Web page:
in species composition and number after several years of isolation [20]. Animals require large size of
ecosystems since each individual or group demarcate territories and home ranges for themselves, and
aggressively protect and defend such against intra-specific and inter-specific invasion. This leads to spacing out
and regulation of the population which this area can host. This is so because the larger the size of a particular
species, the larger the territorial area the animal delineates for itself and the lesser the island forest can host.
However, no matter how large an isolated forest may be, it loses some species after several years of isolation.
It was reported that a joint team from World Wildlife Fund and Brazils National Institute for Research on
Amazonia carried out a research on fragmented forests of various sizes in the Amazon forest [20]. The result
showed an unusual high densities in birds and primates immediately after fragmentation indicating influx of
animals into a remnant piece of forest. However, after three years of isolation, species numbers declined and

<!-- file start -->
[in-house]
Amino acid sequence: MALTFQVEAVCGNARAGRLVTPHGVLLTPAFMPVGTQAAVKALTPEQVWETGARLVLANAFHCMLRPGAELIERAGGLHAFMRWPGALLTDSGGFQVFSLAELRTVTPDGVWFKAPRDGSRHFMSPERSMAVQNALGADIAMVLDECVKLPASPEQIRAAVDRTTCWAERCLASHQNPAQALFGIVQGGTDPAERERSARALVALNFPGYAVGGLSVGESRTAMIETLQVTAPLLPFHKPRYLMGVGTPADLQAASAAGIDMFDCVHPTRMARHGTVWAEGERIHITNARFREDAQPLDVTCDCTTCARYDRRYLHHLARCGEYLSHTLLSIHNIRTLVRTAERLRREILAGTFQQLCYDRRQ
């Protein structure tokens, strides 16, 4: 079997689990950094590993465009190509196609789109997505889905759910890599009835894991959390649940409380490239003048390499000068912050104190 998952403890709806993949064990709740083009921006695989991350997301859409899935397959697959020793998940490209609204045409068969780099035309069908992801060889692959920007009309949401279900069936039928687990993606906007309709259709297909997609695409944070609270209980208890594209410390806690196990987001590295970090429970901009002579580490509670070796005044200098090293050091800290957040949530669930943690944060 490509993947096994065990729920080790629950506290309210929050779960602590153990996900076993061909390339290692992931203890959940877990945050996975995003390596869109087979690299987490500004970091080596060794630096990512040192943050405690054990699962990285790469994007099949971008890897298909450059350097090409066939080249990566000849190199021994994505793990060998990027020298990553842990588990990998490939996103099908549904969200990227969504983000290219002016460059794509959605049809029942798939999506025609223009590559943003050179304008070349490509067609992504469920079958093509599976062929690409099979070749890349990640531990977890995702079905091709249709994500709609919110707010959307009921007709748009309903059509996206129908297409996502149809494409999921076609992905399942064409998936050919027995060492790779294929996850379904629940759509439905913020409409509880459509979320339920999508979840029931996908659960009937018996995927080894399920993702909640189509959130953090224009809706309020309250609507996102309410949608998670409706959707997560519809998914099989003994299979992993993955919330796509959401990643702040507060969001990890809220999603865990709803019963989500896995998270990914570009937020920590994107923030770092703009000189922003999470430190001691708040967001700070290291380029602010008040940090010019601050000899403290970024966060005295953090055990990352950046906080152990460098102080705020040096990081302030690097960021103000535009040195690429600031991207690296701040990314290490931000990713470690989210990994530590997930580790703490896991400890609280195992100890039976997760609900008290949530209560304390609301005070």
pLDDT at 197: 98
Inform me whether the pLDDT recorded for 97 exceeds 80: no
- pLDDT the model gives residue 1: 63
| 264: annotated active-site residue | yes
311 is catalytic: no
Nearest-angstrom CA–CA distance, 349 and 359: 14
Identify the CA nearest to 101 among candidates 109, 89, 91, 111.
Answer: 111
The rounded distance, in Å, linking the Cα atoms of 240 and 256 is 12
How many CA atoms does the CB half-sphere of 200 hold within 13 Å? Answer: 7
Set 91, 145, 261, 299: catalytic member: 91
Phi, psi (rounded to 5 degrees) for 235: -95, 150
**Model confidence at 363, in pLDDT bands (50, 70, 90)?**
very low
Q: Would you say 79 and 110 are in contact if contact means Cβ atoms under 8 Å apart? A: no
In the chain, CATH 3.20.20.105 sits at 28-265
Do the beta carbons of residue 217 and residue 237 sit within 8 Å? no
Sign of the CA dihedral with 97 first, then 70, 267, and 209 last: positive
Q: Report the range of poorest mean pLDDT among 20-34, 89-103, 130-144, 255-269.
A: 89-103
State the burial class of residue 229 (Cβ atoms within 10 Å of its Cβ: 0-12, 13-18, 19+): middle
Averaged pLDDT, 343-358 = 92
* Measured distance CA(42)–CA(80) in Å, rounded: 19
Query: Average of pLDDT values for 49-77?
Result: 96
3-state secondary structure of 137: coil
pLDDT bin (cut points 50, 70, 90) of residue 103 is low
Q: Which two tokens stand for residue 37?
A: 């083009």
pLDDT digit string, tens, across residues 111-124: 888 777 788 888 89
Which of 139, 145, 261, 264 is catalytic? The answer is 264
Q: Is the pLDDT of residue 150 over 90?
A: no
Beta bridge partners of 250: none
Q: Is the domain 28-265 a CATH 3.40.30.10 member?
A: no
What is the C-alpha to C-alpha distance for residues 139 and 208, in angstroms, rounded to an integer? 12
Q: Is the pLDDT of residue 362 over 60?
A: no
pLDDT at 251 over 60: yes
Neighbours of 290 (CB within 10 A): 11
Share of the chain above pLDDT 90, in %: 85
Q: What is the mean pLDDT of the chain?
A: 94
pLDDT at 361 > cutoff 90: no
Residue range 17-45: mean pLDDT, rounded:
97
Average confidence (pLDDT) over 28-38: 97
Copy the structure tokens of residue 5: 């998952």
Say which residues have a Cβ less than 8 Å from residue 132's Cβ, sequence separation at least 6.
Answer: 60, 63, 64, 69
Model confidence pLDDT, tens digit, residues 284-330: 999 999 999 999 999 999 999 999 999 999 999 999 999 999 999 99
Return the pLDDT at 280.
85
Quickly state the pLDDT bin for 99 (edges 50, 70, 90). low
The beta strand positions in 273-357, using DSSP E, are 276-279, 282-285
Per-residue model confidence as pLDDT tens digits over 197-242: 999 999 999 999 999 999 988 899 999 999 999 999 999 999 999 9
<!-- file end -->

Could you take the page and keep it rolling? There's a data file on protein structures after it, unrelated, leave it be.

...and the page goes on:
several birds and monkeys disappeared. There were local extinctions of large mammals such as jaguar,
mountain lion and deer. Therefore, it may not be surprising that the species diversity and populations in Afi
Sanctuary may not experience periodic increase as may be expected because of its isolated nature from nearby
ecosystems. Moreover, they may experience genetic drift, that is, the gradual reduction in genetic properties or
traits of species due to inbreeding which leads to formation of weak populations. This is because there are no
nearby ecosystems for the animals to interchange genetic materials with similar species to improve their genetic
quality. These are a few of the problems of habitat fragmentation experienced worldwide, apart from other
worries such as the menace of climate change.
Chimpanzees are both arboreal and terrestrial and omnivorous in feeding behavior [7]. It was reported
that chimpanzees hunt and kill leopard cubs, galagos, monkeys; cannibalize its young, and attack and eat human
infants occasionally; the only animals besides humans known to create and use tools such as tree limbs stripped
of bark and sharpened at one end with their teeth to kill galagos sleeping in hollows[11][21]. The omnivorous
feeding behaviour helps the animal to secure proper nutrition or balance diet for physiological immunity, mental